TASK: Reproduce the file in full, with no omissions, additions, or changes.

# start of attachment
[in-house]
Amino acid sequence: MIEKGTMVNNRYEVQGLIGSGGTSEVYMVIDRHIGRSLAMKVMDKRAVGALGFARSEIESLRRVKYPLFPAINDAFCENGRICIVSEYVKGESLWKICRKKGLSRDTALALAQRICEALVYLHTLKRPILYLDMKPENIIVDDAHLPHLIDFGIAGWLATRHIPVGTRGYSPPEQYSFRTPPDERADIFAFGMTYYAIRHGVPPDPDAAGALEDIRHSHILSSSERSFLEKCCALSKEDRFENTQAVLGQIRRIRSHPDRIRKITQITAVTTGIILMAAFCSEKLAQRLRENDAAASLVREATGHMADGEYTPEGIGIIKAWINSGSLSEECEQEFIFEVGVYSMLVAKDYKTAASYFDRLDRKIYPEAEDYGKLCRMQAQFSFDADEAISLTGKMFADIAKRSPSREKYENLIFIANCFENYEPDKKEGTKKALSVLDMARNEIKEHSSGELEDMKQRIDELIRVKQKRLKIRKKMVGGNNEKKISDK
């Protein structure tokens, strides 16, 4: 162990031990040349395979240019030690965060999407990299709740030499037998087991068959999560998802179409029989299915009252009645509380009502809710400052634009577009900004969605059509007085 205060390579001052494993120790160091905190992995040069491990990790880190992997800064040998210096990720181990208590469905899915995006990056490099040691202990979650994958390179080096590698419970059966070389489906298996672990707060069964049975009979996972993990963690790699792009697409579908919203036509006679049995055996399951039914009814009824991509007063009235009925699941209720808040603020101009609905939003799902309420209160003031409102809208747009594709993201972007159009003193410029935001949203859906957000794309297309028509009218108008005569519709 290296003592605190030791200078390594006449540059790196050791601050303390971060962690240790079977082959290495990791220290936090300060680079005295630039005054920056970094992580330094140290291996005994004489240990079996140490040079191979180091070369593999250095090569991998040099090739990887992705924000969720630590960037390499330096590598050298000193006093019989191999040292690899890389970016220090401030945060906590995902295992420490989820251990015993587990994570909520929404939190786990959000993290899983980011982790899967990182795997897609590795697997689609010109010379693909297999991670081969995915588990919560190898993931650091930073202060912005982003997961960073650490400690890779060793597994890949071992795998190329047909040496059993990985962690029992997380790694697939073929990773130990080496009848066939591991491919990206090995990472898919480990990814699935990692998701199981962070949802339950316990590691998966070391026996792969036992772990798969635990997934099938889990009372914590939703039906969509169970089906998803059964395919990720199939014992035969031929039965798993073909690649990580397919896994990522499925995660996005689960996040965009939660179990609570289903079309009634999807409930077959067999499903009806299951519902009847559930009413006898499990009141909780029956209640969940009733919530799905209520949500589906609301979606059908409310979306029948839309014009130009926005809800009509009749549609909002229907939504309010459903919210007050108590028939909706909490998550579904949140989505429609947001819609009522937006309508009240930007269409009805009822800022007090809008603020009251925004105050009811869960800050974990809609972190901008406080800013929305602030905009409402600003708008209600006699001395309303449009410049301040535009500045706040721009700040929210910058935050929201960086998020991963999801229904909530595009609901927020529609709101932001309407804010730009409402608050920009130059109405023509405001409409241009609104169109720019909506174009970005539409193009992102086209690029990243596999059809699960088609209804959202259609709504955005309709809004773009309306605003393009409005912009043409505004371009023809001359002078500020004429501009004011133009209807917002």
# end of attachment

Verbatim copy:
[in-house]
Amino acid sequence: MIEKGTMVNNRYEVQGLIGSGGTSEVYMVIDRHIGRSLAMKVMDKRAVGALGFARSEIESLRRVKYPLFPAINDAFCENGRICIVSEYVKGESLWKICRKKGLSRDTALALAQRICEALVYLHTLKRPILYLDMKPENIIVDDAHLPHLIDFGIAGWLATRHIPVGTRGYSPPEQYSFRTPPDERADIFAFGMTYYAIRHGVPPDPDAAGALEDIRHSHILSSSERSFLEKCCALSKEDRFENTQAVLGQIRRIRSHPDRIRKITQITAVTTGIILMAAFCSEKLAQRLRENDAAASLVREATGHMADGEYTPEGIGIIKAWINSGSLSEECEQEFIFEVGVYSMLVAKDYKTAASYFDRLDRKIYPEAEDYGKLCRMQAQFSFDADEAISLTGKMFADIAKRSPSREKYENLIFIANCFENYEPDKKEGTKKALSVLDMARNEIKEHSSGELEDMKQRIDELIRVKQKRLKIRKKMVGGNNEKKISDK
């Protein structure tokens, strides 16, 4: 162990031990040349395979240019030690965060999407990299709740030499037998087991068959999560998802179409029989299915009252009645509380009502809710400052634009577009900004969605059509007085 205060390579001052494993120790160091905190992995040069491990990790880190992997800064040998210096990720181990208590469905899915995006990056490099040691202990979650994958390179080096590698419970059966070389489906298996672990707060069964049975009979996972993990963690790699792009697409579908919203036509006679049995055996399951039914009814009824991509007063009235009925699941209720808040603020101009609905939003799902309420209160003031409102809208747009594709993201972007159009003193410029935001949203859906957000794309297309028509009218108008005569519709 290296003592605190030791200078390594006449540059790196050791601050303390971060962690240790079977082959290495990791220290936090300060680079005295630039005054920056970094992580330094140290291996005994004489240990079996140490040079191979180091070369593999250095090569991998040099090739990887992705924000969720630590960037390499330096590598050298000193006093019989191999040292690899890389970016220090401030945060906590995902295992420490989820251990015993587990994570909520929404939190786990959000993290899983980011982790899967990182795997897609590795697997689609010109010379693909297999991670081969995915588990919560190898993931650091930073202060912005982003997961960073650490400690890779060793597994890949071992795998190329047909040496059993990985962690029992997380790694697939073929990773130990080496009848066939591991491919990206090995990472898919480990990814699935990692998701199981962070949802339950316990590691998966070391026996792969036992772990798969635990997934099938889990009372914590939703039906969509169970089906998803059964395919990720199939014992035969031929039965798993073909690649990580397919896994990522499925995660996005689960996040965009939660179990609570289903079309009634999807409930077959067999499903009806299951519902009847559930009413006898499990009141909780029956209640969940009733919530799905209520949500589906609301979606059908409310979306029948839309014009130009926005809800009509009749549609909002229907939504309010459903919210007050108590028939909706909490998550579904949140989505429609947001819609009522937006309508009240930007269409009805009822800022007090809008603020009251925004105050009811869960800050974990809609972190901008406080800013929305602030905009409402600003708008209600006699001395309303449009410049301040535009500045706040721009700040929210910058935050929201960086998020991963999801229904909530595009609901927020529609709101932001309407804010730009409402608050920009130059109405023509405001409409241009609104169109720019909506174009970005539409193009992102086209690029990243596999059809699960088609209804959202259609709504955005309709809004773009309306605003393009409005912009043409505004371009023809001359002078500020004429501009004011133009209807917002």